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Thread: been scammed by a supplier, what are my rights?

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    Platinum Member SilverNodashi's Avatar
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    been scammed by a supplier, what are my rights?

    We purchased some goods from a supplier, which are defective. To be exact, it's a hard drive bay, which blew a 160GB hard drive. We took it back, and the new one also blew 2 HDD's - to make sure it's not a drive issue, I used to different makes / sizes an 80GB & a 250GB - the 250GB came out of a machine, and had data on it. I actually had to copy the data to another machine,and put it in there, thinking that the replacement unit won't blow another HDD. But it it did, so I put in a totally different brand / make & size, and blew it as well.

    They say they will replace it with another one, but can't refund me. They can give me a credit note to the value of 30% of the drive though - so, I'm screwed either way.

    What are my rights in this matter. Apparently it's supposed to have a lifetime warranty, but from their response I get the feeling that they don't honor it, nor do they care about their clients much. The replacement unit will be their last for this batch, and they refuse to replace the HDD's, or recover the data.

    What are my rights?
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    Gold Member daveob's Avatar
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    Ask the CEO of the supplier company to stick his personal hard drive into a replacement unit to test it.

    If your talking reasonable value, see a lawyer. If not, write it off to experience and bad mouth the supplier's reputation at every chance you get.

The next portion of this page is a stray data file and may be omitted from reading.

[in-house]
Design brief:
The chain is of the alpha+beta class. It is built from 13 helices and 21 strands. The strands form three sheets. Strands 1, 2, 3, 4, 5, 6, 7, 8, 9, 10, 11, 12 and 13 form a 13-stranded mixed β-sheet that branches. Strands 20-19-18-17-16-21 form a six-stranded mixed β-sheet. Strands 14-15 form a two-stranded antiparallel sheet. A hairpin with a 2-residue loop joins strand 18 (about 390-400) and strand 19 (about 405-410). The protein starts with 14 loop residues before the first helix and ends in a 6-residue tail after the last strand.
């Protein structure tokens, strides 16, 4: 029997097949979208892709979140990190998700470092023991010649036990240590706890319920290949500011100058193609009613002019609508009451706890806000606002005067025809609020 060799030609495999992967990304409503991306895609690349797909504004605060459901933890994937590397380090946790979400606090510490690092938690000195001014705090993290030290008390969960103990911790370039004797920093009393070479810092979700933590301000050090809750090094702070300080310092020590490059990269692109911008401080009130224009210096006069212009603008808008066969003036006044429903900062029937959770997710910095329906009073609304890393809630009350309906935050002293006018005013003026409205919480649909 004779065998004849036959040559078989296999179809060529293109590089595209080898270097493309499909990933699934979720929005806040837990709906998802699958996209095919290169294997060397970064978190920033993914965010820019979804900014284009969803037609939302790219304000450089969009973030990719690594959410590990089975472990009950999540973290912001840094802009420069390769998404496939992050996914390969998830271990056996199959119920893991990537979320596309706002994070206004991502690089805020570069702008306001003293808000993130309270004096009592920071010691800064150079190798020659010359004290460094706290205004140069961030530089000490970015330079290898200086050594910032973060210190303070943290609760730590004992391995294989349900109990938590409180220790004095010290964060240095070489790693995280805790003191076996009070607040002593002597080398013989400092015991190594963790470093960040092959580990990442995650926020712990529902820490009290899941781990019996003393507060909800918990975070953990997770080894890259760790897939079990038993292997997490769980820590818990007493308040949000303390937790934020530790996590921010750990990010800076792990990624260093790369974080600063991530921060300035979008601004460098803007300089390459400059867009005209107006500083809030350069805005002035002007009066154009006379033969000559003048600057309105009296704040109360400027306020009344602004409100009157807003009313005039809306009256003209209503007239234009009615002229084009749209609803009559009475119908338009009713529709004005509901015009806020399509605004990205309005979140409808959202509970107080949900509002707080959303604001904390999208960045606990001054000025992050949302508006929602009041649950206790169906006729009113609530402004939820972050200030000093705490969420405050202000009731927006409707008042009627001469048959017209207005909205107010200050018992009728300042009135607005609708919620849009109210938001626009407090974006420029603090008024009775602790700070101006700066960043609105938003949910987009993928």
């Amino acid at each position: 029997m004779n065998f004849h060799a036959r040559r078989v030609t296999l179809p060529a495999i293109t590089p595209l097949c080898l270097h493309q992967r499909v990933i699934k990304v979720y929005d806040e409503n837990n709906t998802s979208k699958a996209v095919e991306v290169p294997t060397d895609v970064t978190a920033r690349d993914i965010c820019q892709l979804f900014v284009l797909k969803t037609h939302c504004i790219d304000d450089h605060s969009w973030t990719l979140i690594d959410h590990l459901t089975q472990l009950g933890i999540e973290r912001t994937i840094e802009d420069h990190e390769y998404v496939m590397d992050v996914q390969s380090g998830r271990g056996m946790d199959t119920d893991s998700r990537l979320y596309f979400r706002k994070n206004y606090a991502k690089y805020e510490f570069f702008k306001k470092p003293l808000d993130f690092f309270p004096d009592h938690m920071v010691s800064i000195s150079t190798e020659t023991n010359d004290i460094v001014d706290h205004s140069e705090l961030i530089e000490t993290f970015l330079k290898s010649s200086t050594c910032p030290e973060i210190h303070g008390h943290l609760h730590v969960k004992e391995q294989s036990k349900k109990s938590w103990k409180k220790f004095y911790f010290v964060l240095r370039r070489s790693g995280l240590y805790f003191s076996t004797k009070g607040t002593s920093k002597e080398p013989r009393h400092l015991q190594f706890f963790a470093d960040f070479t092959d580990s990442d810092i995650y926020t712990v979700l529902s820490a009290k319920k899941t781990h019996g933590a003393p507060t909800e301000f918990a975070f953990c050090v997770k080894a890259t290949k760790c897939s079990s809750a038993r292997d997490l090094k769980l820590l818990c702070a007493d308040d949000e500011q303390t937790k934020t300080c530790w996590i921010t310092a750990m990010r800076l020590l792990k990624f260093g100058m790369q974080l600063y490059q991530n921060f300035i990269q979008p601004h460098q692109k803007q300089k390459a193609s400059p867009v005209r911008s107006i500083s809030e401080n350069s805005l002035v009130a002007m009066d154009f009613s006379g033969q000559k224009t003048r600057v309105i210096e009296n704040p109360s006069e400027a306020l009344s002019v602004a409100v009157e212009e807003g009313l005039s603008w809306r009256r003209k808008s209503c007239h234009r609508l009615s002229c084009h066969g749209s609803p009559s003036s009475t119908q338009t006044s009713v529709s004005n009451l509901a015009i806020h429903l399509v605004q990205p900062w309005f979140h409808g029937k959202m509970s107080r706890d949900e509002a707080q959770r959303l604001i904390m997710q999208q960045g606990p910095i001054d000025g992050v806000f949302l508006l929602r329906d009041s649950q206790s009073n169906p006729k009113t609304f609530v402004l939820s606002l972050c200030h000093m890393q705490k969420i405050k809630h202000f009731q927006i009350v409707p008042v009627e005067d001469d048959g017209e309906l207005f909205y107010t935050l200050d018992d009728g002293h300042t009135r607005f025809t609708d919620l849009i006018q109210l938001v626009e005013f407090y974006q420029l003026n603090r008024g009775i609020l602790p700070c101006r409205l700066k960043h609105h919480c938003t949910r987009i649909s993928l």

Watching the ships passing by.

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    Platinum Member SilverNodashi's Avatar
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    Hi Dave,

    How are you?


    They have tested the unit, and confirm that it's blowing hard drives, so the unit is faulty. My problem is with their lack of enthusiasm towards their clients. The data recovery services alone cost me a grand, and to replace a 250GB HDD just under R1k! The purchase price of the unit was something like R380 or so, but they only want to credit me 30% (as per their policy on returned goods). In this case I feel that it's not a returned good, but rather a faulty unit. And I don't want a 3rd one just to find out it's doing the same. The first 2 already cost me a lot of money in replacing client's HDD's & data.

    My question is more towards the trade industry, i.e. when is the consumer protected in such a scenario? I personally can't see the value in ripping a client off of R400 just because of my own personal agendas (stupid company policies), and would rather give him his money back than loosing a client, and reputation. But they seem to think different.
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    Gold Member daveob's Avatar
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    Well, if you've spoken to the General Manager, and gone as far up the line as the CEO / Chairman ( do NOT take "he's in a meeting" as acceptable - put your foot down and insist on holding for him ) and you still have no joy, then maybe it's time for a bit or mass forum action.

    Post the name and contact number of the Chairman and let's see if a few calls from the forum members can change their minds to be reasonable.
    Watching the ships passing by.

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    Site Caretaker Dave A's Avatar
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    If there are no terms, conditions and notices attached to whatever you might have signed/agreed to in the order and delivery process, common law applies and claims for consequential damage arising from supply of a defective product is definitely available.

    That's normally quite a big "if" though. And the usual problem arises even then - is the size of the claim sufficient to make the cost of litigation viable.

    There is some legislation in the pipeline with the intention of giving the consumer some protection on things like this. Doesn't help right now though.